Quote
As far as assembling a telescope in space, it won't be easy...depending on how extensive the assembly.  If you're doing something simple, like docking a mirror module to the propulsion stage, that's not too big a stretch.  If you're talking astronauts or robots individually setting 100 mirror pieces...don't hold your breath.

So echoing your first comment, we'd probably start with just assembling modules into larger assemblies.  We have a lot of experience doing that on the ISS, so this is not some theoretical exercise.

Quote
Space isn't so much a construction yard, but a high flying circus act.

OK.  But if we don't become competent in building things in space we won't be able to go far in space.  There is only so much you can do with a single launch architecture.

Quote
A constructive alternative could be flying a network of small telescope...

There may end up being many solutions we use, depending on the specific need.
« Last Edit: 04/26/2015 09:27 PM by Coastal Ron »
If we don't continuously lower the cost to access space, how are we ever going to afford to expand humanity out into space?

Offline hop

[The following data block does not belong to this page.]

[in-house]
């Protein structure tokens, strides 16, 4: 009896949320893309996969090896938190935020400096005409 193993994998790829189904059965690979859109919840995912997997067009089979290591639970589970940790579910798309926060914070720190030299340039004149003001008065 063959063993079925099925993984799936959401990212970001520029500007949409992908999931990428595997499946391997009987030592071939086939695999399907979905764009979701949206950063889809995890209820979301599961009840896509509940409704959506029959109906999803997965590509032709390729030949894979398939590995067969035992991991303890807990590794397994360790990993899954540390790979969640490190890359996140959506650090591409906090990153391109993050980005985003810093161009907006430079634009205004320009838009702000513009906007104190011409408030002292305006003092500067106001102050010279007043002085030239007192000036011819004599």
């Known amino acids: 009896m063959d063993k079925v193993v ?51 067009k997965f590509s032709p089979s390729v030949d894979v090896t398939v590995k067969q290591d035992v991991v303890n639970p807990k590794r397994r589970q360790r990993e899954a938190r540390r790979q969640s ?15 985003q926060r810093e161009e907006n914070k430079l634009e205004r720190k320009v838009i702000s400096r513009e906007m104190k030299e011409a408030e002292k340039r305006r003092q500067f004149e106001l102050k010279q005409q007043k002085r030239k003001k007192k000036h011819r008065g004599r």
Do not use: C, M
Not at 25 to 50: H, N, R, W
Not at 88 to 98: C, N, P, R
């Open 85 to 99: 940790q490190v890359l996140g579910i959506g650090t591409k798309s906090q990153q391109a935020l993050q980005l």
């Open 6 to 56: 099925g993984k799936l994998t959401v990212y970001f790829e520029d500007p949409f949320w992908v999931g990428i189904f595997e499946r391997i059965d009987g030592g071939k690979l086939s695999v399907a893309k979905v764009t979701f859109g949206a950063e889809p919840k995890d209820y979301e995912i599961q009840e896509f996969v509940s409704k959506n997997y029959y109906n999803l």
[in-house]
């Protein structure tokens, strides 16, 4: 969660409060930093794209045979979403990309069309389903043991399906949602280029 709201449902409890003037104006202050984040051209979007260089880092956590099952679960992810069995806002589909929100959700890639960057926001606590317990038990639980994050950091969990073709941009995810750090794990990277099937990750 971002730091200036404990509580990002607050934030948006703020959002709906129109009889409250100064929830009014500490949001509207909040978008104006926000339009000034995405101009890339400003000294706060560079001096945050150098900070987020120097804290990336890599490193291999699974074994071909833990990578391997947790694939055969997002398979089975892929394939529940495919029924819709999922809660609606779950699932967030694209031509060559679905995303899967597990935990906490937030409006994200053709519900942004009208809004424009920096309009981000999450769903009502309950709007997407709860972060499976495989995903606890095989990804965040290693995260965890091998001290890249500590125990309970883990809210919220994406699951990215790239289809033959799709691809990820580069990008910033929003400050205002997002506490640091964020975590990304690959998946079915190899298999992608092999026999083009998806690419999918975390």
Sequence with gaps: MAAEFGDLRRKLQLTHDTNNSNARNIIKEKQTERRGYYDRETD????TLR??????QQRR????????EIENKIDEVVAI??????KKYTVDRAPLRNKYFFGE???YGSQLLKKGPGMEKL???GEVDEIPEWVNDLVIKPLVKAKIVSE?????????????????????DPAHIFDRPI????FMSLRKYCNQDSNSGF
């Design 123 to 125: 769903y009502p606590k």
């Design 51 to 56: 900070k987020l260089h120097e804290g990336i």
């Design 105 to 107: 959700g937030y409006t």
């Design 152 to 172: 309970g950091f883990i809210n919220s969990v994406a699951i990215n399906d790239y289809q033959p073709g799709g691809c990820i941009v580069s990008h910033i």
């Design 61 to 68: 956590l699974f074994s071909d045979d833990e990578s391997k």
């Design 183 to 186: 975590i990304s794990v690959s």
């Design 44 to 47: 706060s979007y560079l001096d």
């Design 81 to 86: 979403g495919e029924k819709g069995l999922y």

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Re: Future Optical Space Telescopes - i.e. Hubble 2.0 ect
« Reply #13 on: 04/26/2015 07:07 PM »
The Shuttle had a very low acceleration, but most cargo launchers go up to 6-10g.
This is not really correct. Per the users guides, Atlas 5, Ariane 5 and Soyuz all have sustained loads under 5g. Some of the lighter Delta IV configurations go up to 6, but this can be reduced at the expense of performance.

Offline Jim

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Re: Future Optical Space Telescopes - i.e. Hubble 2.0 ect
« Reply #14 on: 04/26/2015 07:59 PM »
8 meter monolithic is not going to happen, there is no way of handling such a spacecraft in the US

Good point.

The Hubble main mirror is 2.4 m. Something bigger would be good, so how large of a monolithic mirror could be launched from the US?

Some where in the 3's.

Offline Hanelyp

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Re: Future Optical Space Telescopes - i.e. Hubble 2.0 ect
« Reply #15 on: 04/26/2015 09:52 PM »
I really, really want to see an eight meter monolithic, as something for SLS to do. I don't think any other telescope can capture as much light as a monolithic design.
What light a mirror loses by being segmented could be made up for with a larger diameter, enabled by being segmented.

Offline Lee Jay

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Re: Future Optical Space Telescopes - i.e. Hubble 2.0 ect
« Reply #16 on: 04/26/2015 10:17 PM »
8 meter monolithic is not going to happen, there is no way of handling such a spacecraft in the US

Then you can't do the big segmented one either.  Even folded, that mirror is about 17m long and almost 8m wide, designed to fit inside an Ares V 10m fairing.

So, you've either got to build the capability to handle payloads (or one payload) of that size, or you have to limit yourself to a smaller scope (segmented of around 9m or monolithic of around 3m).